Autism Unexpected

Jean Winegardner never expected to parent an autistic child. She also never imagined the emotions, hardships and complete joy that would come with it.

Entries
  • Although they attend the school, it can be hard for special education families to feel like a part of the school community. Making after-school activities inclusive is one way to help them belong.

    Accommodations matter: Making after-school activities inclusive

    Although they attend the school, it can be hard for special education families to feel like a part of the school community. Making after-school activities inclusive is one way to help them belong. Published 11:12 p.m. February 9, 2011 - Comments

     
  • The American Psychiatric Association has released their DSM-5 proposed criteria for autism spectrum disorder. Does eliminating subtypes such as Asperger's make autism diagnoses more precise, or does it rob individuals of their self-identity?

    Revised DSM criteria for autism raise questions

    The American Psychiatric Association has released their DSM-5 proposed criteria for autism spectrum disorder. Does eliminating subtypes such as Asperger's make autism diagnoses more precise, or does it rob individuals of their self-identity? Published 10:32 a.m. January 29, 2011 - Comments

     
  • We get our kids evaluated because that information is important. But, jeez, do the reports have to be so painful to read?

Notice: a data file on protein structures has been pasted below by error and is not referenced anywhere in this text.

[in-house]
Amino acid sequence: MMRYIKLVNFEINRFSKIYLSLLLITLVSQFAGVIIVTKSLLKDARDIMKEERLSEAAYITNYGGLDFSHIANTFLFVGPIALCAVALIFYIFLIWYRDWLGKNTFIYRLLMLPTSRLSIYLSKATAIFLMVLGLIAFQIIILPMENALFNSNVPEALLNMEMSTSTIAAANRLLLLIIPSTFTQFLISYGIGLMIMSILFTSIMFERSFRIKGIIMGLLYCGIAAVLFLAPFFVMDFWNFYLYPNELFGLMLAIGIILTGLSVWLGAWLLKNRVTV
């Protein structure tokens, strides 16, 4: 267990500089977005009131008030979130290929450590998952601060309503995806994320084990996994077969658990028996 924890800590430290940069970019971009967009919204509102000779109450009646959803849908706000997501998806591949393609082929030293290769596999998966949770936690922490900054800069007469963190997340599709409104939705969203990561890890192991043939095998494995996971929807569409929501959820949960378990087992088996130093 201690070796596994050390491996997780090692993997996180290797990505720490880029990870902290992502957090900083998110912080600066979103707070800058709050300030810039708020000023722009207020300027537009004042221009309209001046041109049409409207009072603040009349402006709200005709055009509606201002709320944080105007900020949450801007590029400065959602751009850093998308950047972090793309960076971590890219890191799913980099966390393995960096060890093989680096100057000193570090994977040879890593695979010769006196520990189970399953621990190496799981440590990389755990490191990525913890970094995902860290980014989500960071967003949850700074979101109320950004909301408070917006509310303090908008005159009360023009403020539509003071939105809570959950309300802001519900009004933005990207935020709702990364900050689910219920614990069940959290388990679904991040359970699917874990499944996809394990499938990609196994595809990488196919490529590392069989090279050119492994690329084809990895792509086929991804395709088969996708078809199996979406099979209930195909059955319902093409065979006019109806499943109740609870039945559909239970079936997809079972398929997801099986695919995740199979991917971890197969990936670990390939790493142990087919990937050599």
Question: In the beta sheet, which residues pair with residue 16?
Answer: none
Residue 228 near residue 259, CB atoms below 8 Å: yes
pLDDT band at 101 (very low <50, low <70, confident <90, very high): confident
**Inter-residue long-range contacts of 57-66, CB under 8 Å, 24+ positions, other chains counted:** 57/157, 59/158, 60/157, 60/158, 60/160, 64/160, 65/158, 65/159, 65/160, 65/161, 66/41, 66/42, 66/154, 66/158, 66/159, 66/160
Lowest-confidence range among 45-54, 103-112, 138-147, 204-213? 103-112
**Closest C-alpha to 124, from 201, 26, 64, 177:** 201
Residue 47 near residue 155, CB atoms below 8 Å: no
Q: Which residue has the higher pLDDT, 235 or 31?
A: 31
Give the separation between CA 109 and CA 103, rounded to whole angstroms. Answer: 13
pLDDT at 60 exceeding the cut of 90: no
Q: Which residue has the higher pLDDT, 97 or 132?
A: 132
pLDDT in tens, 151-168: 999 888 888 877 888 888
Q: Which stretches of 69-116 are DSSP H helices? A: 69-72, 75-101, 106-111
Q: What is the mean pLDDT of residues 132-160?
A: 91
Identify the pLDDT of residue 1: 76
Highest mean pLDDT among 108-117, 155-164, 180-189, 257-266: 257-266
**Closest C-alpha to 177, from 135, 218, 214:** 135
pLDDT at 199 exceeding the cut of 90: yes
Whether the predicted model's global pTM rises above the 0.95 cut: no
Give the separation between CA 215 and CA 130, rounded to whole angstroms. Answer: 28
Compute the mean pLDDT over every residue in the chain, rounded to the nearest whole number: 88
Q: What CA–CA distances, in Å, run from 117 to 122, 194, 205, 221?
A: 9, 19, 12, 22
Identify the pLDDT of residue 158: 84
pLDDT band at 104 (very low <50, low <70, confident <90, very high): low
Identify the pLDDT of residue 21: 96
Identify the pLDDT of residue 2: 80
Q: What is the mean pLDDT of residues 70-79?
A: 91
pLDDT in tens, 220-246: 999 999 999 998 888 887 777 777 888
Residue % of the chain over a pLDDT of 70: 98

Neuro-psych reports make for difficult reading

    We get our kids evaluated because that information is important. But, jeez, do the reports have to be so painful to read? Published 4:27 p.m. January 14, 2011 - Comments

     
  • On the day Andrew Wakefield's autism-vaccine study was declared

    Paul Offit and the anti-vaccine movement

    On the day Andrew Wakefield's autism-vaccine study was declared "an elaborate fraud," Dr. Paul Offit spoke at the National Press Club about why the anti-vaccine movement threatens all of us. Published 1:03 p.m. January 7, 2011 - Comments

     
  • It can be hard to see improvements in your child during day-to-day life. After reflecting on 2010 as a whole, our autism mom sees huge changes in her son.

    Our year in autism

    It can be hard to see improvements in your child during day-to-day life. After reflecting on 2010 as a whole, our autism mom sees huge changes in her son. Published 8:56 a.m. December 31, 2010 - Comments

     
  • Teacher gifts make up a big chunk of this autism mom's holiday budget—but they are well worth it.

    Teacher gifts from autism families: More than the norm

    Teacher gifts make up a big chunk of this autism mom's holiday budget—but they are well worth it. Published 10:48 a.m. December 20, 2010 - Comments

     
  • Some caregivers of developmentally disabled children haven't gone out for fun for years. The National Children's Center aims to change that with its

    NCC's Respitality offers caregivers a night on the town